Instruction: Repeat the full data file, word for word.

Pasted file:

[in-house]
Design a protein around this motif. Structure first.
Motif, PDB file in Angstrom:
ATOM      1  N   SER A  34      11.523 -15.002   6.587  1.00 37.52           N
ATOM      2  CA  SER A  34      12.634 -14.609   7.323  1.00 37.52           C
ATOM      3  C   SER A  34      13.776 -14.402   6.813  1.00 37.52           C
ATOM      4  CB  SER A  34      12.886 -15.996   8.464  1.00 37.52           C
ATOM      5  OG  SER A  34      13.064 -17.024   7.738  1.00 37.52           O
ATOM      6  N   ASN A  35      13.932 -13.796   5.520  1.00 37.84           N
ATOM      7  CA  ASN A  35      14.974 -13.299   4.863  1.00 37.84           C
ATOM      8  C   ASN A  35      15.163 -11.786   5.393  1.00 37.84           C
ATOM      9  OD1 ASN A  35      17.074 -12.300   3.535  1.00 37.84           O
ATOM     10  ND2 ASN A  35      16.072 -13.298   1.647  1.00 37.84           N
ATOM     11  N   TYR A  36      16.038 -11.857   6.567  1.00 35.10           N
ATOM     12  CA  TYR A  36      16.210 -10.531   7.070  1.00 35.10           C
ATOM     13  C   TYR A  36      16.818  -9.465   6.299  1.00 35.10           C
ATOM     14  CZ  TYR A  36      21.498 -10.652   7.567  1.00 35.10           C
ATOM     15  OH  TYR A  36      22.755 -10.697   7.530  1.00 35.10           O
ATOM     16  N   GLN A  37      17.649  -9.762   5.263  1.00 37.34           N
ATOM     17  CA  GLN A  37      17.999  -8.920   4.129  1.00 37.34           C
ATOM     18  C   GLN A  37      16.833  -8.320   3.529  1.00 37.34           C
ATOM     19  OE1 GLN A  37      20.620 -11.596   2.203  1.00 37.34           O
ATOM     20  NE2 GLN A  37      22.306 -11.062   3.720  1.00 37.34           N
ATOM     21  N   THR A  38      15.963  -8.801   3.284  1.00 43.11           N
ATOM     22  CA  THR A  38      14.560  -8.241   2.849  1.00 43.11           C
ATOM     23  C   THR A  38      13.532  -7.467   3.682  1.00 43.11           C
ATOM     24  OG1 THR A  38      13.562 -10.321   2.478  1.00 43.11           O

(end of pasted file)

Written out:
[in-house]
Design a protein around this motif. Structure first.
Motif, PDB file in Angstrom:
ATOM      1  N   SER A  34      11.523 -15.002   6.587  1.00 37.52           N
ATOM      2  CA  SER A  34      12.634 -14.609   7.323  1.00 37.52           C
ATOM      3  C   SER A  34      13.776 -14.402   6.813  1.00 37.52           C
ATOM      4  CB  SER A  34      12.886 -15.996   8.464  1.00 37.52           C
ATOM      5  OG  SER A  34      13.064 -17.024   7.738  1.00 37.52           O
ATOM      6  N   ASN A  35      13.932 -13.796   5.520  1.00 37.84           N
ATOM      7  CA  ASN A  35      14.974 -13.299   4.863  1.00 37.84           C
ATOM      8  C   ASN A  35      15.163 -11.786   5.393  1.00 37.84           C
ATOM      9  OD1 ASN A  35      17.074 -12.300   3.535  1.00 37.84           O
ATOM     10  ND2 ASN A  35      16.072 -13.298   1.647  1.00 37.84           N
ATOM     11  N   TYR A  36      16.038 -11.857   6.567  1.00 35.10           N
ATOM     12  CA  TYR A  36      16.210 -10.531   7.070  1.00 35.10           C
ATOM     13  C   TYR A  36      16.818  -9.465   6.299  1.00 35.10           C
ATOM     14  CZ  TYR A  36      21.498 -10.652   7.567  1.00 35.10           C
ATOM     15  OH  TYR A  36      22.755 -10.697   7.530  1.00 35.10           O
ATOM     16  N   GLN A  37      17.649  -9.762   5.263  1.00 37.34           N
ATOM     17  CA  GLN A  37      17.999  -8.920   4.129  1.00 37.34           C
ATOM     18  C   GLN A  37      16.833  -8.320   3.529  1.00 37.34           C
ATOM     19  OE1 GLN A  37      20.620 -11.596   2.203  1.00 37.34           O
ATOM     20  NE2 GLN A  37      22.306 -11.062   3.720  1.00 37.34           N
ATOM     21  N   THR A  38      15.963  -8.801   3.284  1.00 43.11           N
ATOM     22  CA  THR A  38      14.560  -8.241   2.849  1.00 43.11           C
ATOM     23  C   THR A  38      13.532  -7.467   3.682  1.00 43.11           C
ATOM     24  OG1 THR A  38      13.562 -10.321   2.478  1.00 43.11           O